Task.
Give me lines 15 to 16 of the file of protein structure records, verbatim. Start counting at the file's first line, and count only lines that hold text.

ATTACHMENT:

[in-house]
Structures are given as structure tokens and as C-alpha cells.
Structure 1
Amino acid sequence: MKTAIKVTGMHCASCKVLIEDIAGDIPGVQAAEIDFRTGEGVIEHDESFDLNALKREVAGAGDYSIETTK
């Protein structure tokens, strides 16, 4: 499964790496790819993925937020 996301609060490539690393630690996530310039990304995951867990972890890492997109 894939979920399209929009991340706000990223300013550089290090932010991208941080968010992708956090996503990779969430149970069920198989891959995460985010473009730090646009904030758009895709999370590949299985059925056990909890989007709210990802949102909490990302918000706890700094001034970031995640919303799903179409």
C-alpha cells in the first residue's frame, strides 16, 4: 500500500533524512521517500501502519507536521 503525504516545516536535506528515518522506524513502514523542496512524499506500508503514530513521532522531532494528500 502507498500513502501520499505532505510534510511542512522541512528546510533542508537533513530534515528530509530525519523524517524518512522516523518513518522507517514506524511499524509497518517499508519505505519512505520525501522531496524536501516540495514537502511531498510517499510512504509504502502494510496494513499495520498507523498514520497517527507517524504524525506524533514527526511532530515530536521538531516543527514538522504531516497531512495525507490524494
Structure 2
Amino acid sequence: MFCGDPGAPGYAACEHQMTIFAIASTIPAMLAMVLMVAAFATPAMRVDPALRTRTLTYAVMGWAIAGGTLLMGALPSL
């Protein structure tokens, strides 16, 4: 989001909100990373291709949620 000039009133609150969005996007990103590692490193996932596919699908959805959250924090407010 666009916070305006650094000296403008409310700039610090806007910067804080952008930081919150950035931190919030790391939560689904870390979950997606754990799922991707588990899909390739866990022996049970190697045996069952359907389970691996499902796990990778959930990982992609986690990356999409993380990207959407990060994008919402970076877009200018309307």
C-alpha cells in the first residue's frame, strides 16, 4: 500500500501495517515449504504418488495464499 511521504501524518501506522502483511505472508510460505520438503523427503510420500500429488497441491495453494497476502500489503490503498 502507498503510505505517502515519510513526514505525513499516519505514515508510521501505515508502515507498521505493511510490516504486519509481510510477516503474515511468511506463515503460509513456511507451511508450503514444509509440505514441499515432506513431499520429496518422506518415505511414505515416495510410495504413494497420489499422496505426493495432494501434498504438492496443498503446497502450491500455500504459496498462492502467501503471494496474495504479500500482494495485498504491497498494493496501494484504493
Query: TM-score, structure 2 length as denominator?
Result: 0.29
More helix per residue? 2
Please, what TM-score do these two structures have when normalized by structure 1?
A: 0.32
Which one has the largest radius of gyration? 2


A: 0.32
Which one has the largest radius of gyration? 2